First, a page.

In the same reclaimed industrial space as the Foodhallen is the not-for- profit Local Goods Store, which sells products made by Amsterdam designers, from bikes to books. It was a welcome one-stop- shop in my quest for authentic Dutch products.
Here was the tea that I imagined I would find, one made from the spices made popular hundreds of years ago by the Dutch East India Company. “Amsterdam Blend” is composed of the “five most important spices of the Golden Age: cinnamon, sweet vanilla, crushed cardamom, ginger and pink peppercorns”. It was beautifully packaged by Citea, established in 2013.
I was delighted to find Brandt & Levie artisanal sausages among the offerings. I’d been drooling over the worstmakers’ Instagram photos, @Brandtenlevie, in the days leading up to my trip. Even more delightful was the display of little palm- sized pig-pink packages. What could be in them? My mind rushes in a flutter of excitement to an image of tiny blocks of pate. The box says Zeep, which would have been a clue had I been a Dutch-speaker. Instead, I continue my investigation by taking a deep whiff. Yum! Juniper and marjoram. Another box, another whiff. Yum yum! Clove and something else…(Bergamot and coriander, as it turns out). Surely these little boxes contain something delicious. I slide one open.
“We are always working to see how we can best use the whole pig,” the company explains in their blog. Indeed, the fat remaining after the pig meat has all been eaten or cured, has historically been used for homemade soaps.
Trendy tea for 374 years and counting
Continuing on my quest for what would be considered a traditional Dutch tea, I visited 't Zonnetje on the charming shopping street, Haarlemmerdijk. I had read that this tea and coffee shop dated back to the 17th century. So they should know!
The shop was a quirky mix of the old and the new. As if nothing is ever removed, but new things are layered on top of the old. Dented tin canisters of loose tea were tucked away on the highest shelf, or along the baseboards, freeing the accessible eye-level shelves for colorful boxes of contemporary teabags. The selection of tea pots, French presses, coffee grinders and tea cups of every shape and size was surprisingly vast for what felt like a tiny space.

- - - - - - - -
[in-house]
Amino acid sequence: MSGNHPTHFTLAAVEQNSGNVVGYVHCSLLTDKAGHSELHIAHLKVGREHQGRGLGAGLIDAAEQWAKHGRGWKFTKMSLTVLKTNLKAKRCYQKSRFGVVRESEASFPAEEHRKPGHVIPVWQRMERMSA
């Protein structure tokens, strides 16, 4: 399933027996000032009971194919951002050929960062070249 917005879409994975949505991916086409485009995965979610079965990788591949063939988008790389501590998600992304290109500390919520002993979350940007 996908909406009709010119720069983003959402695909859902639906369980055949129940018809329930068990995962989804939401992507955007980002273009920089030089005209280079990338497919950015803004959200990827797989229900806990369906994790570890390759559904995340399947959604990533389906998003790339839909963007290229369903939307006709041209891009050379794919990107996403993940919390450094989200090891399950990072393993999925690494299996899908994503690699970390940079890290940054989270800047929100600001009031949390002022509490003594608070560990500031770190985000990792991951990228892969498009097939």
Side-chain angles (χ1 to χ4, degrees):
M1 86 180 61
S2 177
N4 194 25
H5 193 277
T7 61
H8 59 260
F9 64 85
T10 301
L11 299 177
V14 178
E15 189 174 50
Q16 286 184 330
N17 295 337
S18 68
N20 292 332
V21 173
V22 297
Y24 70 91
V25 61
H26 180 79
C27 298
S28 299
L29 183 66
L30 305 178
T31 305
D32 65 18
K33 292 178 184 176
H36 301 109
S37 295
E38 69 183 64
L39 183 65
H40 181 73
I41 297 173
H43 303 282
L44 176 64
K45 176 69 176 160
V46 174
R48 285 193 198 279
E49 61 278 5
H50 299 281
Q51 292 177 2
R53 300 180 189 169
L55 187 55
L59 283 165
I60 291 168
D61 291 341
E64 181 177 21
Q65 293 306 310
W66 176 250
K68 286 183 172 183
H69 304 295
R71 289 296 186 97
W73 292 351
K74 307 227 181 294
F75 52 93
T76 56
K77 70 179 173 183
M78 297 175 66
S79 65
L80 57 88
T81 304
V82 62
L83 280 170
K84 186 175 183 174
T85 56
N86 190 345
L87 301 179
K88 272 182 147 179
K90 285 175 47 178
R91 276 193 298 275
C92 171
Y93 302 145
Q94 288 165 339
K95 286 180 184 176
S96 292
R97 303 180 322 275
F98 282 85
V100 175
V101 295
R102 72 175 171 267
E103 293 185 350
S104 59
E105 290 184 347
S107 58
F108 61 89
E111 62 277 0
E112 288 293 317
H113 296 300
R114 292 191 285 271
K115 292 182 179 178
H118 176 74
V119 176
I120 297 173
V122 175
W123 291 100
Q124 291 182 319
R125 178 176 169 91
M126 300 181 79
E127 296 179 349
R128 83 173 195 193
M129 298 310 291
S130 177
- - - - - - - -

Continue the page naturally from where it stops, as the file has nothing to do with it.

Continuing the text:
The shopkeeper confirmed that Sterrenmunt, which mixes licorice root, with fennel, anise seed and mint, is a traditional Dutch favorite.
As he measured out the tea from one of the dented tins on the floor he gently pointed out that, in the Netherlands, hot cocoa is a respectable alternative to coffee or tea. He nodded towards a counter that held an assortment of Dutch cocoa powders. American cocoa powder has a slightly acidic tang, but “Dutch processed” brands such as Droste and Van Houten, make a smoother cup of cocoa thanks to an early 19 th century Dutch discovery on how to chemically neutralize the acidity of cocoa.
I waffled for a minute between the Van Houten Cocoa in a practical tin sporting Delft blue tones and the vintage red box featuring a Mona Lisa-esque nun in a white wimple. I bought them both